Seeing progress

September 03, 2020

As we get older, many of our body's processes start slowing down. For instance, a cut on the hand will take longer to heal after middle age than in youth. That said, it still heals.

Unfortunately, this isn't the case for the cells at the back of the eye, which simply don't repair much after we pass age 65. This can lead to age-related macular degeneration (AMD), the primary cause of vision loss in older adults. Over 2 million cases were reported in the U.S. in 2010, and the National Eye Institute estimates AMD will affect more than 3.5 million adults in the country by 2030.

Researchers at UC Santa Barbara have overcome a major hurdle in creating a platform to test therapies for this disease, the most common form of which currently has no treatment. The results appear in the journal PLOS ONE.

Our sharpest vision occurs at the center of the retina, in an area called the macula. "This region is packed full of cones, the cells that are necessary for seeing in detail," said author Pete Coffey, a researcher at UCSB's Neuroscience Research Institute. "They are the cells that are involved in reading, recognizing faces, the ability to drive, et cetera."

Just behind them is a layer of retinal pigment epithelial (RPE) cells. These are responsible for maintaining the health of our rods and cones, the eye's photo receptors. And these are the cells that stop working properly in AMD.

Age-related macular degeneration comes in two forms. Wet AMD occurs when blood vessels infiltrate the retina. There are treatments for this variety, which aim to prevent the growth of blood vessels where they're not wanted.

However, roughly nine out of ten cases are what scientists call 'dry AMD,' which involves progressive degeneration of the macula simply due to the inability of the RPE cells to heal. And while ophthalmologists can identify the disorder's onset early on, there are currently no treatments for dry AMD.

"Part of the struggle of finding a treatment option is that we've not been able to really model the progression of the disease in cell culture or in animals," said lead author Lindsay Bailey-Steinitz, a doctoral student in the Department of Molecular, Cellular, and Developmental Biology.

Bailey-Steinitz and her collaborators set out with two objectives in mind. The first was to understand what might be going on at the cellular level as the disease progresses. The other was to develop a model that could be used to test therapeutics.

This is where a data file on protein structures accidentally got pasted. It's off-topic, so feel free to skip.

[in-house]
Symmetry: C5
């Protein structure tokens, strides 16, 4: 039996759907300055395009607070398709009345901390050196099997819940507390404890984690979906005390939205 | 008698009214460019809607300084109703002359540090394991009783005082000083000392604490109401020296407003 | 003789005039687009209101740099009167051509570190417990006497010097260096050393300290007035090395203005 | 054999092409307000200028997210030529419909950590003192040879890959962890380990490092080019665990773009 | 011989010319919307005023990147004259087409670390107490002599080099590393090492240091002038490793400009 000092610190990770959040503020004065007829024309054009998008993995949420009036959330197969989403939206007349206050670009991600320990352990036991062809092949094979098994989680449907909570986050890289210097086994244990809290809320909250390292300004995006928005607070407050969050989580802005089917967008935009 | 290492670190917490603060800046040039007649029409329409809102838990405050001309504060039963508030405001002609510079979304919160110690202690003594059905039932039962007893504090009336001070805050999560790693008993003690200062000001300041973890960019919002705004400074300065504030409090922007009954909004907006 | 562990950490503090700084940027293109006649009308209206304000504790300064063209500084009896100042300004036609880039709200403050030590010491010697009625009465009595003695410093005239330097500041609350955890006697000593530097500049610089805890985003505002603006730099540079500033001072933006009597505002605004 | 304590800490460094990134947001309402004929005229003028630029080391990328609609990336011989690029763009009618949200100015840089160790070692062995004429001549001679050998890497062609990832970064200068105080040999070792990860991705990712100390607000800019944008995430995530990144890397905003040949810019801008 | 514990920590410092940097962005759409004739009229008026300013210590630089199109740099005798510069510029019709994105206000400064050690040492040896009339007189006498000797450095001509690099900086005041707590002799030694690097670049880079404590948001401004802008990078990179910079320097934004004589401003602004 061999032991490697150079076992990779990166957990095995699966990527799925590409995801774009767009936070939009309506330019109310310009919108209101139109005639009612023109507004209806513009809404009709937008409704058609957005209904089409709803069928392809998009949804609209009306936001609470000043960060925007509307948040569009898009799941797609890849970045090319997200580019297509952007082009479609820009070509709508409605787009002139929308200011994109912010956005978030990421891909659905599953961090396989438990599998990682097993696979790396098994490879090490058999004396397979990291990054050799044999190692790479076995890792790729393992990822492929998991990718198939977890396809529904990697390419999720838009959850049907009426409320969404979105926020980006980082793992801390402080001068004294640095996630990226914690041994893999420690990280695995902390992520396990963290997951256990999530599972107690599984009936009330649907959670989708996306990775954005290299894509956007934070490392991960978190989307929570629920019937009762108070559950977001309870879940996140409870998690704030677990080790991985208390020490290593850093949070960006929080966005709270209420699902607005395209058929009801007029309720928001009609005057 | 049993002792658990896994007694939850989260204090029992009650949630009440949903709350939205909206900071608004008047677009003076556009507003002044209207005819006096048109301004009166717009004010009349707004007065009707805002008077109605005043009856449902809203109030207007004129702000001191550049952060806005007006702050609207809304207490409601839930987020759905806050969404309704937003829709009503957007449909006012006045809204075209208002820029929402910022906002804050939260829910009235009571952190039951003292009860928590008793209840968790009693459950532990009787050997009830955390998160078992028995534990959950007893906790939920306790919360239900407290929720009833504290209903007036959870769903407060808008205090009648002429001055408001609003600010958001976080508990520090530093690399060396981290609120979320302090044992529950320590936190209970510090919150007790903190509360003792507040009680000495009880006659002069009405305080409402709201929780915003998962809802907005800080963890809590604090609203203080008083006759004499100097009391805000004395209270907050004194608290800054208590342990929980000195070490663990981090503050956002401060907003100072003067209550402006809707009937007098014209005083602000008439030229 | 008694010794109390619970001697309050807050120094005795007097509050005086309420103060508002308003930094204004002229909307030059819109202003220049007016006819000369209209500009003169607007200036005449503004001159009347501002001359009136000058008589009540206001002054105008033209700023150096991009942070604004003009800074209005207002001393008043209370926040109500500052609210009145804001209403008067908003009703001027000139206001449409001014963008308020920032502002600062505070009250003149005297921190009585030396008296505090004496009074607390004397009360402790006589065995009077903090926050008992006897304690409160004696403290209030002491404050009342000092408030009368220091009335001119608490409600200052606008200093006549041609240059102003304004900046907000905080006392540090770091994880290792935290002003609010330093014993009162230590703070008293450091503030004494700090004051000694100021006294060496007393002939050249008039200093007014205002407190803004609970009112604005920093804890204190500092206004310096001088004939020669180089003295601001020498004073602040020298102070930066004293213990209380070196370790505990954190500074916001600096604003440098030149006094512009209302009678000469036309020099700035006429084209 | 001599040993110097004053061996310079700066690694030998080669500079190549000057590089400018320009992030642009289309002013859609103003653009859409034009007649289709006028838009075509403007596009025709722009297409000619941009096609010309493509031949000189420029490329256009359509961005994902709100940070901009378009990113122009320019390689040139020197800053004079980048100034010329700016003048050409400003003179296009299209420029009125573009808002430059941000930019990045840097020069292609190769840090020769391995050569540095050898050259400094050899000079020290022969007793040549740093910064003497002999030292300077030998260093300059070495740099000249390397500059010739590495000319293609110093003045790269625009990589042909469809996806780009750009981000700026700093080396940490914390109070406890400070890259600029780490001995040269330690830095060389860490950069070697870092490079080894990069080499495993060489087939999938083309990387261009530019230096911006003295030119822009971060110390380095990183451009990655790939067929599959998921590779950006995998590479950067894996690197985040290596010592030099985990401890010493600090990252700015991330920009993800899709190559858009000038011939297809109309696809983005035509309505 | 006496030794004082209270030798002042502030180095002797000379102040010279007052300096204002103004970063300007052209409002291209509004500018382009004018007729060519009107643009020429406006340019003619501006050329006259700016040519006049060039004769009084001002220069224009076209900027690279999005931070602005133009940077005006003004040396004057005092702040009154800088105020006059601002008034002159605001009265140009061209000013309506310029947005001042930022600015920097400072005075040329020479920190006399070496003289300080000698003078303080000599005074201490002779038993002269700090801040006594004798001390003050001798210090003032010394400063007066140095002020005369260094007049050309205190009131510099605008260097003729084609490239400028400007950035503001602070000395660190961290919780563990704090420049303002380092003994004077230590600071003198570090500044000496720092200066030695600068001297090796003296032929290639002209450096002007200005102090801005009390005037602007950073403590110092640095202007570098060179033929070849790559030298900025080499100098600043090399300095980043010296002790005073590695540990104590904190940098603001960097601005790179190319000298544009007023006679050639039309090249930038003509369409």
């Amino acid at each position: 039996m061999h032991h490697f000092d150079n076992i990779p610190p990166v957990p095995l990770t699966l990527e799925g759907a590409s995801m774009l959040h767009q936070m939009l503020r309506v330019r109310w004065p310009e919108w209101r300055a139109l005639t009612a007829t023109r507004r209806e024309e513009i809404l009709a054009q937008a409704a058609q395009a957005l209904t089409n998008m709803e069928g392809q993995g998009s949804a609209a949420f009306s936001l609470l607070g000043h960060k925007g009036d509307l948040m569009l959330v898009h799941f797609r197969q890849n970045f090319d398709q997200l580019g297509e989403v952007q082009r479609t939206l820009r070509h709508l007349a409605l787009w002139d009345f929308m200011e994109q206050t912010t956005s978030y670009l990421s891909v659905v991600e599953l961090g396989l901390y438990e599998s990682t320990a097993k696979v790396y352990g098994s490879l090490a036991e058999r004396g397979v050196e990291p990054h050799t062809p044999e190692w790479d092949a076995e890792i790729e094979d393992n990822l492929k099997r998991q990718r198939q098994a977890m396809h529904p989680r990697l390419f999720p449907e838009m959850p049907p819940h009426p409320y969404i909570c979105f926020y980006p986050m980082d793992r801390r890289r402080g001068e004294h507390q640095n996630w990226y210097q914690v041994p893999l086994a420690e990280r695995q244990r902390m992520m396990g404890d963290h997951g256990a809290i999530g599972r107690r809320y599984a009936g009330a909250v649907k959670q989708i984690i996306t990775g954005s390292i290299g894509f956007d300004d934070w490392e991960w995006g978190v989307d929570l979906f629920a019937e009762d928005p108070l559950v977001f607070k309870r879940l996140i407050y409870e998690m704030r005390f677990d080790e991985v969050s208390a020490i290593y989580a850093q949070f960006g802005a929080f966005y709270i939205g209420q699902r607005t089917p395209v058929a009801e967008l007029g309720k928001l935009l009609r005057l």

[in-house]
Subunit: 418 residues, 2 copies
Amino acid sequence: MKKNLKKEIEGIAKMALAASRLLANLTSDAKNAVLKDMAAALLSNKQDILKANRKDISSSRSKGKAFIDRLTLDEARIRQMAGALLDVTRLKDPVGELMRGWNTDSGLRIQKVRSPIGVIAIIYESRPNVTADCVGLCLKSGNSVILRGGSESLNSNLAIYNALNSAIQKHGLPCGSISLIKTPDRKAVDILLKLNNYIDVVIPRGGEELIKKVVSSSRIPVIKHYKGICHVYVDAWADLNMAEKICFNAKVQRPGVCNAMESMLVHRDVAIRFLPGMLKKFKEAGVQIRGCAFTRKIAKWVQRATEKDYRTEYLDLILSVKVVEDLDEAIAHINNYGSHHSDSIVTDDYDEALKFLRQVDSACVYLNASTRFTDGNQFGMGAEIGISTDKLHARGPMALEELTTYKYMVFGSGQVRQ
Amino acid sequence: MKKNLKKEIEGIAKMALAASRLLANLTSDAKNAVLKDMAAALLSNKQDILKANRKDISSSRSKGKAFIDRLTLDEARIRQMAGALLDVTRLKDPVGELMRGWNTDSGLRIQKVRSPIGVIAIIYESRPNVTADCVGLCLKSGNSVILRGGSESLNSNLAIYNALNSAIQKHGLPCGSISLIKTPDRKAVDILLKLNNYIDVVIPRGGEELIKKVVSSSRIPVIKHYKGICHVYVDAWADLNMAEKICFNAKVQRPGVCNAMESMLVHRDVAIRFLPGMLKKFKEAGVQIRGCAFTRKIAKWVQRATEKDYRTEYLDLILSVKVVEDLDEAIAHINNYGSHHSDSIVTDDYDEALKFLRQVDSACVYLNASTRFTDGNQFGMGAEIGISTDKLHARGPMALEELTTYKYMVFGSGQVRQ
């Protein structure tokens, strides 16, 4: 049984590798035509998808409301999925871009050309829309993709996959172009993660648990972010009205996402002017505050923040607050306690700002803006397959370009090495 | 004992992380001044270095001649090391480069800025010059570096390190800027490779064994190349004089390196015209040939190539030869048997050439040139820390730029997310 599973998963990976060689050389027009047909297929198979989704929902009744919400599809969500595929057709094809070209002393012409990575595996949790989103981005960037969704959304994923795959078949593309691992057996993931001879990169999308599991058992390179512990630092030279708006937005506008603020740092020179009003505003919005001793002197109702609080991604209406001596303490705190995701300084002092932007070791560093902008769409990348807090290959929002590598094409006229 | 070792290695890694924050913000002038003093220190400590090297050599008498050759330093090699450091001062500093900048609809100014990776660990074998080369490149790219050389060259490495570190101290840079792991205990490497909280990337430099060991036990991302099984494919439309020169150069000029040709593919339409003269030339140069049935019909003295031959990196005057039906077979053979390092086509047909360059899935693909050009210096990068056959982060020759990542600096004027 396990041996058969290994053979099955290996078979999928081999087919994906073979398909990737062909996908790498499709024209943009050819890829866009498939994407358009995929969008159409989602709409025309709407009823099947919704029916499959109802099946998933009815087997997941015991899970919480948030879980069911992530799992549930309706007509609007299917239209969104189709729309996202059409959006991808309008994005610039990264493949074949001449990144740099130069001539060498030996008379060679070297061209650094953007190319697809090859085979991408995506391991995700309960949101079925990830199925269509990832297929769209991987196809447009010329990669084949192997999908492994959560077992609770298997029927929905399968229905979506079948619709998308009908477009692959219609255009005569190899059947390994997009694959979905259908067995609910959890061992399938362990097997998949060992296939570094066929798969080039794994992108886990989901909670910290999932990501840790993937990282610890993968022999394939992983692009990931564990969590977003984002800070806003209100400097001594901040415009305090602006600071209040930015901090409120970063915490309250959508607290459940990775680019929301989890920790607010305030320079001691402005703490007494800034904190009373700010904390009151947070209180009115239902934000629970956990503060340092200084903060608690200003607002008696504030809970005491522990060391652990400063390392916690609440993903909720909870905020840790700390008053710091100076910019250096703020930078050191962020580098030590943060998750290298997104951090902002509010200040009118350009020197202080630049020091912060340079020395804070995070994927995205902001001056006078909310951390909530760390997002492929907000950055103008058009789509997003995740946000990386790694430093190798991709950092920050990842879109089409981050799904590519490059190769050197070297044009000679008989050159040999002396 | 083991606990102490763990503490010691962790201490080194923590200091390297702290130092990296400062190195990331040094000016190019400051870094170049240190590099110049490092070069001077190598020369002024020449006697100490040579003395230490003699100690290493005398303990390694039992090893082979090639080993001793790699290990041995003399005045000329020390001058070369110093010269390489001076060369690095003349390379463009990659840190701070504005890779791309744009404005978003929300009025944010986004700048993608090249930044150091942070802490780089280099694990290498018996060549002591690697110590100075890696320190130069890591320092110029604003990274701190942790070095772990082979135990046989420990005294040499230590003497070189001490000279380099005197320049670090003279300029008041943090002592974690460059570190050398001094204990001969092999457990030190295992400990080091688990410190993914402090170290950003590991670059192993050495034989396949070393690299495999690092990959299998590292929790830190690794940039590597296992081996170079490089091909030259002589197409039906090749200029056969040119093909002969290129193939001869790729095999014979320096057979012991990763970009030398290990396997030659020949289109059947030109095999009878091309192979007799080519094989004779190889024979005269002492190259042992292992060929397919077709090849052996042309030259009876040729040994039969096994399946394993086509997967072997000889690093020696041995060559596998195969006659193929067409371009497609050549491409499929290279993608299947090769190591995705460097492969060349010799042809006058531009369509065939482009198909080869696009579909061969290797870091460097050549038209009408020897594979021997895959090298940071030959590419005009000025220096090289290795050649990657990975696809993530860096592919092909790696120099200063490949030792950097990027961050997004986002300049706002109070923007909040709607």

As the RPE cells flounder in their efforts to repair themselves, a hole develops in this layer of the retina that continues to expand. Bailey-Steinitz aimed to recreate this hole in the lab. She cultured RPE cells on a plate with an electrode, then she zapped them. This created a hole very similar to the one that appears in AMD.

However, these were young cells, so they began healing and mending this hole. That's great for the cells, but not for the team, which was trying to model the disease. So Bailey-Steinitz shocked the cells again. She found that after 10 pulses of electricity over the course of 10 days, the cells were no longer able to effectively repair the damage.

To shed light on how the RPE cells responded to this stress, Bailey-Steinitz sequenced their RNA to figure out what proteins they were synthesizing in their damaged state. She found that some of the most important genes involved in the RPE cells' function were suppressed, especially if the cells had been shocked multiple times.

The team also saw changes in gene expression that matched conditions seen in AMD. What's more, the matrix which provides structural and biochemical support to the RPE cells also changed in ways that resembled the disease pathology.

"I wasn't surprised that the RPE profile was down-regulated," Coffey said. "If someone gives you a kick, then you're not going to feel well.

"But, for that immunology to change -- and the matrix around the cells as well -- and to look similar to exactly that profile you see in AMD, I was very surprised."

Now that they've recreated a similar profile in cultured cells as in the actual disease, the team is progressing to bigger holes, around six millimeters in diameter. Bailey-Steinitz is also planning a similar experiment with older cells, which show a decreased ability to heal.

"If we can improve this setup, then we've got a therapeutic testbed for AMD," Coffey said.
Funding for this research came from the William K. Bowes Jr. Foundation, Garland Initiative for Vision, and the California Institute for Regenerative Medicine.

University of California - Santa Barbara

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